4 Signs Your Diet Lacks Fiber

You know you should eat more fiber. Your doctor has told you so, the articles you read say so, and the health experts you see on TV definitely want you to. But do you actually need more fiber in your diet, and are there ways to tell? Fortunately, your body is quite good at letting you know if it needs more fiber. Here are some symptoms that may mean you're lacking this important nutrient:

Abnormal bowel movements. Just because you're used to a certain type of bowel movement doesn't mean it's healthy. Diets with plenty of fiber yield bowel movements that are bulky and soft and pass easily. If you experience small, hard stools or frequent constipation, chances are good that you aren't eating enough fiber. Diarrhea sufferers may also find relief upon eating more fiber, because fiber absorbs some of the water in the digestive system and bulks up the stool.

High cholesterol. High cholesterol can have several causes, but it shouldn't be a surprise that the condition often signals inadequate fiber intake. Fiber lowers levels of LDL, the "bad" cholesterol. It also reduces inflammation in the body and lowers blood pressure. 

High blood-sugar levels. Fiber is a boon to diabetics because it slows sugar's absorption in the body, meaning your blood-sugar levels may stabilize if you eat enough of it. You can also reduce your risk of developing diabetes in the first place by adding fiber to your diet.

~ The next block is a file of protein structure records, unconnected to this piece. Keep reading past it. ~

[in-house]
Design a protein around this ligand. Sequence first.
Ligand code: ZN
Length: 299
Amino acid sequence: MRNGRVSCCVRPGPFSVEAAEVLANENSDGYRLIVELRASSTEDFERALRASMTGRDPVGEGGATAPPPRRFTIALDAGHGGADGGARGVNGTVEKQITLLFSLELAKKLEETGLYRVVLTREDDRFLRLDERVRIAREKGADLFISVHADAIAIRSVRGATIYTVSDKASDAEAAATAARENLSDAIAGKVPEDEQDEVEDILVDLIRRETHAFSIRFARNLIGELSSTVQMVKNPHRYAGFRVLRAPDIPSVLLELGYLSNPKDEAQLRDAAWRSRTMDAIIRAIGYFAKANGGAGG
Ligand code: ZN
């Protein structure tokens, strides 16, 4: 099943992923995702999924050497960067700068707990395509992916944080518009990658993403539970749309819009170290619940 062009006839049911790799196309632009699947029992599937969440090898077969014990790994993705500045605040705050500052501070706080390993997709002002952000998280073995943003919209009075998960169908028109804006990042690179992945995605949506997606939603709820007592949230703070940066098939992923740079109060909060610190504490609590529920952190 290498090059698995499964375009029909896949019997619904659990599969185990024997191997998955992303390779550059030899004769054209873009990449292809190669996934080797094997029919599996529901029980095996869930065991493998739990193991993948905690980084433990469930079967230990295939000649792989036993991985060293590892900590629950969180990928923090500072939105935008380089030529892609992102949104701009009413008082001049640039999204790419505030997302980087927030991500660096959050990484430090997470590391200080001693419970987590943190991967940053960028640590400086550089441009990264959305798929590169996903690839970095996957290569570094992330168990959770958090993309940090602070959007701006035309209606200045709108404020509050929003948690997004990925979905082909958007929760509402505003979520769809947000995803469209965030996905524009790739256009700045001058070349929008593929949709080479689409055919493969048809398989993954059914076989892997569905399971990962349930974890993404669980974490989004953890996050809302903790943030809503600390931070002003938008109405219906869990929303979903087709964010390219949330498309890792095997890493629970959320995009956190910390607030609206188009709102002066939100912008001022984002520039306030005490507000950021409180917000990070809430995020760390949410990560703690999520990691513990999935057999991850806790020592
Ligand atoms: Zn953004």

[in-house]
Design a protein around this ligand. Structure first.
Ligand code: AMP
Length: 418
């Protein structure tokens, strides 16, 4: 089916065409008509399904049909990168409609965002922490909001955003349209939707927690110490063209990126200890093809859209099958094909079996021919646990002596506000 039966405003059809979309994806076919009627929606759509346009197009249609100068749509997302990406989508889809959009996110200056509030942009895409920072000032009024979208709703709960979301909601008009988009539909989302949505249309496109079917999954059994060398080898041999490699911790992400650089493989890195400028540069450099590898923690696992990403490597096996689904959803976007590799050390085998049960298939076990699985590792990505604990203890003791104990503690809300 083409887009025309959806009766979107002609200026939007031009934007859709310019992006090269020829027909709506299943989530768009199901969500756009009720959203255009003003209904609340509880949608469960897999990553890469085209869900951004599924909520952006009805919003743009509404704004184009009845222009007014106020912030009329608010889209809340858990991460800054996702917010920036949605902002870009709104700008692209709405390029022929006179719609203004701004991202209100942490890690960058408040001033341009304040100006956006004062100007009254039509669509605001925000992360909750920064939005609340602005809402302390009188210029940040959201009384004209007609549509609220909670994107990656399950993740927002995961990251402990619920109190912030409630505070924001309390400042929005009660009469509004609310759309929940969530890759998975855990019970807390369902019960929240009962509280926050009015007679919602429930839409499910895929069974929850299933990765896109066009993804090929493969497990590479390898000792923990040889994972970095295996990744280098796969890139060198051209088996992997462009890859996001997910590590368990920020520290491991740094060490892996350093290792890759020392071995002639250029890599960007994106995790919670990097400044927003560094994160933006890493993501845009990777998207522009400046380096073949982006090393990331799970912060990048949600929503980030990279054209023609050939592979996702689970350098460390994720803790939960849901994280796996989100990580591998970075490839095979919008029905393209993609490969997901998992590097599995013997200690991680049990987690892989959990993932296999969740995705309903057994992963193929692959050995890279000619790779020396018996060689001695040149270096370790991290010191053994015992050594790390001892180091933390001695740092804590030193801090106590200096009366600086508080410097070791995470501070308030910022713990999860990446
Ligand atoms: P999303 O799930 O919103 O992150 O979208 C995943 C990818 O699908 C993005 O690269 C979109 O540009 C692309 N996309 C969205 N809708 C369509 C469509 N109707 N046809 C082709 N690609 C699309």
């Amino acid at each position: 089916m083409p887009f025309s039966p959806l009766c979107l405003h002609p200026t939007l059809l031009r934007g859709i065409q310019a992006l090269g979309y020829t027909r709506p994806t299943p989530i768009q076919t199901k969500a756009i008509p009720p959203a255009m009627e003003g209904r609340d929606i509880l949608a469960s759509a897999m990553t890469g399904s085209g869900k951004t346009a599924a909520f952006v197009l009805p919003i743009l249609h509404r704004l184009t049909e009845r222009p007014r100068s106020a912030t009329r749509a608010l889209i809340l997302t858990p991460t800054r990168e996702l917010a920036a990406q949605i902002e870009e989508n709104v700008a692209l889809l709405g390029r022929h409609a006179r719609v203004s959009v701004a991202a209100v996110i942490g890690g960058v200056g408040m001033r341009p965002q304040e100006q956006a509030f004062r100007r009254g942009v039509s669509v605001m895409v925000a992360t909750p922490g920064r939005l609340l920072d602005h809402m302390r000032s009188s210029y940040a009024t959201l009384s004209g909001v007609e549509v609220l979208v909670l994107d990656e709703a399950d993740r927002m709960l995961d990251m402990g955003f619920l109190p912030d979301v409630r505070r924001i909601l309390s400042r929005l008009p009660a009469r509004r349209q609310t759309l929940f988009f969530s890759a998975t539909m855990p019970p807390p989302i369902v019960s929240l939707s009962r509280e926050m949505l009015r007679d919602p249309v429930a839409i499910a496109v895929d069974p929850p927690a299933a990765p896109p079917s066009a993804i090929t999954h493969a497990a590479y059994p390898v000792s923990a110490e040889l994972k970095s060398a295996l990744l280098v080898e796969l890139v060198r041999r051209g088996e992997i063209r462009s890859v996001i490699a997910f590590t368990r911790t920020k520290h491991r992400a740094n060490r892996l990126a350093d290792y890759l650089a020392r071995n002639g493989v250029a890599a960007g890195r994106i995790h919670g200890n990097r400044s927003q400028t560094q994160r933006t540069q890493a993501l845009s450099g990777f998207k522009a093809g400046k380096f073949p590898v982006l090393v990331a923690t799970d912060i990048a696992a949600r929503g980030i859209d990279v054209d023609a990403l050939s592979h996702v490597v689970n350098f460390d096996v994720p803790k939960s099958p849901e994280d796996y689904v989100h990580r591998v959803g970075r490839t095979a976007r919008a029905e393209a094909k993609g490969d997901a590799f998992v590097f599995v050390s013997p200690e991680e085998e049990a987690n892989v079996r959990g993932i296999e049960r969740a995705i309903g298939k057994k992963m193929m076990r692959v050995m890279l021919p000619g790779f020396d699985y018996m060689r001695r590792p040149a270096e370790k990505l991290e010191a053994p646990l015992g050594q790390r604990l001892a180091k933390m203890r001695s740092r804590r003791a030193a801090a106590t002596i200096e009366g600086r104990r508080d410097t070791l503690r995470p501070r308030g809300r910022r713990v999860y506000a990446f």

You're overweight. Excess pounds can be a sign that your diet needs fiber. Yes, you need to cut your portions and move more, but you can do yourself a world of good simply by swapping out some of the foods you eat for more high-fiber fare. Why? For starters, you need to chew high-fiber food more, so it takes longer to eat. And the fiber fills you up and takes longer to leave your body, so you stay more satisfied for longer periods. You can even eat the same amount of high-fiber food that you do of less nutritious snacks and you'll probably drop pounds, since high-fiber food has fewer calories per gram.

While you can find fiber added to seemingly every product in the supermarket, the best way to make up for a lack of fiber is to eat foods that are naturally rich in it. You should aim for 25 grams a day if you're a woman under 50, or 21 grams if you're over 50. Good bets for meeting this benchmark include fruits and vegetables with the peel (if edible); whole-grain cereals, breads and pastas; brown rice; oats, and beans.